Interview: Debra Messing
The red-haired actor talks about giving back during the holiday season, her new television series and the joys of being a mom.
Wed Nov 16 2011
Though best known for her Emmy-winning portrayal of Grace Adler on NBC's Will & Grace, Debra Messing's most important role is as a mother to her seven-year-old son, Roman. A native Brooklynite and NYU alumna, Messing recently moved back to New York City to film her new television series, Smash, which debuts next year. Messing recently took some time off from shooting to bring attention to eBay's Give a Toy program, which uses an interactive window display in Herald Square to enable passersby to easily donate money to Toys for Tots. Messing spoke with Time Out Kids about Give a Toy, her favorite New York City spots, and the joys and challenges of parenthood.
Why did you choose to get involved with Give a Toy?
Every holiday season I look for ways to give back to different charitable organizations, and when I was approached by eBay to partner with them on this initiative, I just thought it was brilliant. They have a virtual toy store, and you can take your iPhone [or other smart phone], scan the virtual tag, and 100 percent of the proceeds go to Toys for Tots, which is obviously a well-established organization. It is so easy and so fast. You feel good instantly, because you feel like, I just did something really fantastic, and all you have to do is basically just walk down the street and scan the window. Or you can go online to ebay.com/giveatoystore through December 9. It's a pretty great way to get the whole holiday season going.
Give a Toy is a pretty high-tech project. Are you tech-savvy?
I would never have called myself tech-savvy. I think I still had an 8-track tape until about five years ago. But I've become completely obsessed with taking photos on my iPhone. I have like 400 apps. I already had the eBay app, so I was all ready to go.
You and your husband, Daniel Zelman, have a seven-year-old son, Roman. How do you balance a busy career with family life?
It's so hard, and anyone who says that it's not is a liar and is only trying to make you feel badly. For me, it's one day at a time. Luckily I am on a TV show that is an ensemble, so that means that I don't have to be there every day, all day. And that was by design. I was looking specifically for a job that allowed me to go to my bosses and say, "I have my son's play on this date and I have to be out by 4." Or, "It's curriculum night at school." I think that there are some days that are easier than others, and we do our best.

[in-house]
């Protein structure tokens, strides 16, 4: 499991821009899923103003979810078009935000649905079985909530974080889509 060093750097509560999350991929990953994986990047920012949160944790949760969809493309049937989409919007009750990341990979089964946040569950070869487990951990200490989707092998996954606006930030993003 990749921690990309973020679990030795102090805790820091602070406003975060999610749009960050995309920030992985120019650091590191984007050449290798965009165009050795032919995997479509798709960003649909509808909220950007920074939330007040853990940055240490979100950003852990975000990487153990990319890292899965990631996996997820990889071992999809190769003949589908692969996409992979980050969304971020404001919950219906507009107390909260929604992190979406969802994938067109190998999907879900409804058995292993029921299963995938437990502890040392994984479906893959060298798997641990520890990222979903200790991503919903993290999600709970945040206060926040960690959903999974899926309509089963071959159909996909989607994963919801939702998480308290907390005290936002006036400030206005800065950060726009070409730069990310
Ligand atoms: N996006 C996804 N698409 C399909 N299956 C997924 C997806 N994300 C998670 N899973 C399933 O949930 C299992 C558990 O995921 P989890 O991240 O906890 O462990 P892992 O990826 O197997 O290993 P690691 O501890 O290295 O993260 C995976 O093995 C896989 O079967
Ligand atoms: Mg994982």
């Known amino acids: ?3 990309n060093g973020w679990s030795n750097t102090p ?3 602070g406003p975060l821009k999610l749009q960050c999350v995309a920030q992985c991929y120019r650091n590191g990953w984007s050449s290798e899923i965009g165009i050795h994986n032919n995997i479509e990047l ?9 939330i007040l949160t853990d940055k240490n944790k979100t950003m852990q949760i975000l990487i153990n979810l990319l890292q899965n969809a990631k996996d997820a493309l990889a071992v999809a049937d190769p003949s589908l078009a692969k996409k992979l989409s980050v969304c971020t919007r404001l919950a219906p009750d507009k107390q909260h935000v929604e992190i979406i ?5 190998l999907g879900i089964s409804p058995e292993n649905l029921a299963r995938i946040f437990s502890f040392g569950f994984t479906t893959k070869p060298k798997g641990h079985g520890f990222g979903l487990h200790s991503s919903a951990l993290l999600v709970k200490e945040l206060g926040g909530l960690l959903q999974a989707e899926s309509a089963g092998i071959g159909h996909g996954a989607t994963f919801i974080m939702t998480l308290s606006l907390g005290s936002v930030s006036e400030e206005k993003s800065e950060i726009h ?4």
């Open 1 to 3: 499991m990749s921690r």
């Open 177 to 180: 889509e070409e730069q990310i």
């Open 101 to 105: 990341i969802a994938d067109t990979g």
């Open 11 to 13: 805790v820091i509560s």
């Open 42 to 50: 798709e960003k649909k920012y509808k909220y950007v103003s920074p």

Can you talk a little bit about the new show?
I am so beyond out-of-my-mind thrilled about this show. It's called Smash, and it's about the behind-the-scenes making of a Broadway musical. I play Julia Houston, the lyricist, and the musical that we're writing is about the life of Marilyn Monroe, so it's sexy and exuberant. There are all kinds of different characters—producers, directors, choreographers, the actors who are auditioning. And there are big dance numbers and songs. And it's an hour-long drama, so you get to see the personal lives of all of these people living in New York City. It's a love letter to New York, and it's a love letter to Broadway. I can't imagine anyone not enjoying it.
The show films here in New York. Do you go back and forth to your home in Los Angeles?
We moved here.
Yes, exactly. When the show was picked up, they said, "Okay, guess what! You're going to New York." So we packed up.
What do you and your son like to do together in the city?
Central Park: there's no place like it. We love to go walking or take the soccer ball there. We just took our first handsome cab ride through the park, and that was really fun. He loved that. I think he liked feeding the horse the carrot before we went on the ride more than the ride itself! I have taken him to a couple of Broadway musicals, which he absolutely loved. And we have friends and family in the city, so it's been a special time.
Anything you're looking forward to doing over the holidays?
I am excited to go skating at Wollman Rink.
How has being a parent changed your life?
Becoming a mother was the single defining event of my life. It felt like the whole world shifted. Everything came into perspective for me. I felt a huge sense of relief because there was no time to be self-involved anymore. It's the most difficult job, the most thrilling, most hilarious, most inspiring, most challenging adventure. But the rewards are unparalleled.
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